Microarray Analysis

Microarray technologies allow the simultaneous monitoring of gene transcript abundance at a magnitude that allows whole genome assessment of every gene in an organism. When microarray technologies first arrived on the scientific scene, they seemed like such a great idea and the answer for everything -so much data; so many questions to ask, and so fast! Whether one was exploring data or testing a hypothesis, microarray technologies provided a vast amount of data around which many stories were told; some validated by other scientific means, some not. The probability of finding genes that were differentially expressed (i.e., something caused a change in the gene's transcript abundance between conditions) was almost certain, especially if you were testing every gene in the genome (or, at least hundreds), and usually the results were encouraging. But after awhile, and after a bit of thought, the scientific questions quickly turned to questions about whether the observed changes were actual changes in the transcript abundance or just random noise, when and why were statistical experiment design and analysis methods necessary, and to what extent is independent experimental confirmation necessary. A less obvious question for many biologists is what does statistical significance mean when biological significance is at the heart of the application?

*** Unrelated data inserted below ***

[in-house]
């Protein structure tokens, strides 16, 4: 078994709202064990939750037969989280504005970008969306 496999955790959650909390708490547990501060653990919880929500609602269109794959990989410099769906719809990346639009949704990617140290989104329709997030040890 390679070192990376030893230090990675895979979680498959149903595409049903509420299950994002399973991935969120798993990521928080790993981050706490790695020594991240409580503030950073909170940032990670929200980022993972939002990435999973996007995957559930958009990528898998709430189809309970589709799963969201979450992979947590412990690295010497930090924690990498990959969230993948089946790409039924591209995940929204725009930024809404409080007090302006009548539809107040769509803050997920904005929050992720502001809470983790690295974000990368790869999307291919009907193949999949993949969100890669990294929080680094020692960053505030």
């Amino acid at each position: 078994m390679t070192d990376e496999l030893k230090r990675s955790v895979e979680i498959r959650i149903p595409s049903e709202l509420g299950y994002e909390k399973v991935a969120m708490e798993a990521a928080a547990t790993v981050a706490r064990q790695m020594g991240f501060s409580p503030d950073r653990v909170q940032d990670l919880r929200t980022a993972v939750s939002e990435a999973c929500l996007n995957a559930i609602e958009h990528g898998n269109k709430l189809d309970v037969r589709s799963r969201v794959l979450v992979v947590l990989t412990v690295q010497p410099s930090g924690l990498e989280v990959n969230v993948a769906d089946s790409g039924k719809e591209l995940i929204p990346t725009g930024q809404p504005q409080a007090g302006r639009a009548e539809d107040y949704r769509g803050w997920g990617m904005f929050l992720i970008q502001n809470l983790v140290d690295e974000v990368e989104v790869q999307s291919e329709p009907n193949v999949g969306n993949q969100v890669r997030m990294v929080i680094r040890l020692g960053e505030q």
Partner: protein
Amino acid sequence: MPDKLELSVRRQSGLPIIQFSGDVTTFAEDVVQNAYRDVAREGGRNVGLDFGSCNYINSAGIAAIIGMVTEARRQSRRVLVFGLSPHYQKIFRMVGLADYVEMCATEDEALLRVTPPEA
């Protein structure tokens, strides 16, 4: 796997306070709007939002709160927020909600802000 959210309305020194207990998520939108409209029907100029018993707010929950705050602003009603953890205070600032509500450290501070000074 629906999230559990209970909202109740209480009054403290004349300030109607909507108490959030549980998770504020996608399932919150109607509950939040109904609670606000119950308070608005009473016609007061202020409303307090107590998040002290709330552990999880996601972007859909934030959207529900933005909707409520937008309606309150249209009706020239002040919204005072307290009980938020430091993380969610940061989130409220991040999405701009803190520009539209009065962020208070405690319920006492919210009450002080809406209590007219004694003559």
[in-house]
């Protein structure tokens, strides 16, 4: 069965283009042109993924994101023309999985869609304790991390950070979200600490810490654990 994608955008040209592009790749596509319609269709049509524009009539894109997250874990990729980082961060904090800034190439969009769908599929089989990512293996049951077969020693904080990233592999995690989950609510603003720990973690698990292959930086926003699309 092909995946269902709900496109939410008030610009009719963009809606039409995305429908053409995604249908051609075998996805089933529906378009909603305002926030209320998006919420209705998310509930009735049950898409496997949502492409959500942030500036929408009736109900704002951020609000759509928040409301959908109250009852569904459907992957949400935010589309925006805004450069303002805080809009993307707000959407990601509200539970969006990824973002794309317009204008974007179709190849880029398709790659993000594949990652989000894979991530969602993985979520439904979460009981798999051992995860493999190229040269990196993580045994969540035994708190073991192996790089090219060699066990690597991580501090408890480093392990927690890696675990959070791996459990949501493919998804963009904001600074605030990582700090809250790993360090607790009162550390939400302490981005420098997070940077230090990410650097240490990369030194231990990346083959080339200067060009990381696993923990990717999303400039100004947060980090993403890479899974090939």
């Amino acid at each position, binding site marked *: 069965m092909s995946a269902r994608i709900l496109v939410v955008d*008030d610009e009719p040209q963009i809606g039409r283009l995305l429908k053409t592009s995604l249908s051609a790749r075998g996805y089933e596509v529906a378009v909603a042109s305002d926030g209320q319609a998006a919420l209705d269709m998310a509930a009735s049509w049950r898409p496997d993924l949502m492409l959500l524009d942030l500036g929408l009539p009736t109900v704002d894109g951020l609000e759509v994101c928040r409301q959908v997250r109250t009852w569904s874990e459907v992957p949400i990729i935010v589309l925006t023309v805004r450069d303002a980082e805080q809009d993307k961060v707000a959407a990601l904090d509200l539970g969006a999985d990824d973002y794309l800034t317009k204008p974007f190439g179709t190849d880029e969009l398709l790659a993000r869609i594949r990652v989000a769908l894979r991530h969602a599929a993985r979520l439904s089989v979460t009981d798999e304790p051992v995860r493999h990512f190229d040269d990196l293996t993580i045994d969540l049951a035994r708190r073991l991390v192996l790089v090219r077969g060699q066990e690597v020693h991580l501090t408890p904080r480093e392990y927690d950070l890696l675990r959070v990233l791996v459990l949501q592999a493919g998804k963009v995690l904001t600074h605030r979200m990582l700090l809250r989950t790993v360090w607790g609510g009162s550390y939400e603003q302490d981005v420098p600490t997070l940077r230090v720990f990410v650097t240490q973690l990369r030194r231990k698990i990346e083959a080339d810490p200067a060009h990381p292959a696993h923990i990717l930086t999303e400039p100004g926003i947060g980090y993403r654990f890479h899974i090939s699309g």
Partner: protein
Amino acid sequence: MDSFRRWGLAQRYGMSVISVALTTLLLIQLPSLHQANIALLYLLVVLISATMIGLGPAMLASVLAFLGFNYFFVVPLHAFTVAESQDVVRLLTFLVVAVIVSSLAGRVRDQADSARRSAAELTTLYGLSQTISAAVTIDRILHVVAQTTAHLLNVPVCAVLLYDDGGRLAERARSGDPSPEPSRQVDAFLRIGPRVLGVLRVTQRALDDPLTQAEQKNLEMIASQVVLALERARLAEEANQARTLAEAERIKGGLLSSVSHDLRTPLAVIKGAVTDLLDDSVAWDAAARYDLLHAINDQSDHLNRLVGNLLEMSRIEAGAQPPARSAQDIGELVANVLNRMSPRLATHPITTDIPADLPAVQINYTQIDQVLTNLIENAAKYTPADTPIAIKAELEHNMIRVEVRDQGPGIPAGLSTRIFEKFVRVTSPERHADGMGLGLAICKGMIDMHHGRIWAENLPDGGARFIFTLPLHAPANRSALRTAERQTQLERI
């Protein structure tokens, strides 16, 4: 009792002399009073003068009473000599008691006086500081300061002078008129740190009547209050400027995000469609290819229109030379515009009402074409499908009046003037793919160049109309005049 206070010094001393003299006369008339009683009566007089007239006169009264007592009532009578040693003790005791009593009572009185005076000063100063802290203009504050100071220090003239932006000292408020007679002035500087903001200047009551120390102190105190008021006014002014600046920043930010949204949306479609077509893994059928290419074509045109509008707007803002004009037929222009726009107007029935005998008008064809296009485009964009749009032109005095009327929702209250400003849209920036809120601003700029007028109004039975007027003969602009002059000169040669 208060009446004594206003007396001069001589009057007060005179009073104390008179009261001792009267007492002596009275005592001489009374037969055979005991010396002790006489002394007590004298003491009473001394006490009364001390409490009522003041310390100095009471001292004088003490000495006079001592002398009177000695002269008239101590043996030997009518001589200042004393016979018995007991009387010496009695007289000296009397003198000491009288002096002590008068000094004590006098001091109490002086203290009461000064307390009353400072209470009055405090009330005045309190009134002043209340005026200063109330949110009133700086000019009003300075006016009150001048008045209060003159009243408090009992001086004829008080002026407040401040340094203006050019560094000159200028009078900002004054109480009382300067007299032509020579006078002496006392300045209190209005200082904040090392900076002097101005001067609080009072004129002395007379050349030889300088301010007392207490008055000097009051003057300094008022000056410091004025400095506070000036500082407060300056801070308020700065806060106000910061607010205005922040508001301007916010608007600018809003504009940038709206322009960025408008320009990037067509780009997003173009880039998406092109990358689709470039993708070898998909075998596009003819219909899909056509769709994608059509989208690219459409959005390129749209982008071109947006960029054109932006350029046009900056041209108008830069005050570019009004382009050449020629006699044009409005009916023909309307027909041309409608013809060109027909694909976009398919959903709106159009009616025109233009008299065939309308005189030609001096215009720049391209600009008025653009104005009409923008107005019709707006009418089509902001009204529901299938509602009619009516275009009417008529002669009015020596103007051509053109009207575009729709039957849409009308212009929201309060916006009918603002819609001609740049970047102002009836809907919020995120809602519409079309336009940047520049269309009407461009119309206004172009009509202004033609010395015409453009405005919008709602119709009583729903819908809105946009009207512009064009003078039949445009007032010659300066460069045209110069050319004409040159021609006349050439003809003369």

Microarray Analysis

Figure 1: The results from two different analyses of a replicated dye swap experiment (8 hybridizations: 2 biological samples under 2 conditions using reverse labeling) are summarized. The replicated dye swap experiment tests 26,110 unique genes for differential expression. 26,094 of the genes are represented once, 12 are represented 49 times, and 4 are represented 6 times. The first analysis assumes a constant variance (estimated constant variance is 0.1153) across all genes, and uses a one analysis of variance model to provide the statistically significant differential expression as indicated by the black and red data points. The fold change boundary for declaring significant results under the assumption of a common variance is exp(0.80)=2.23. The second analysis estimates a per-gene variance for each gene, and employs an analysis of variance model for each gene which in turn provides evidence for differential expression for that gene. The per-gene results are illustrated by the green and red data points, with a fold change as low as exp(0.18)=1.20 being statistically significant. The red data points provide the intersection of the results when the two different analyses are compared. Data points that are not statistically significant after a Holms multiple comparison correction (alpha=0.05) are indicated in gray. The gene features that benefit from increased replication on the array are illustrated, and demonstrate the level of differential expression that is statistically significant for 6 and 49 replicate gene features.

Purdue Department of Statistics, 250 N. University St, West Lafayette, IN 47907

Phone: (765) 494-6030, Fax: (765) 494-0558

© 2018 Purdue University | An equal access/equal opportunity university | Copyright Complaints

Trouble with this page? Disability-related accessibility issue? Please contact the College of Science Webmaster.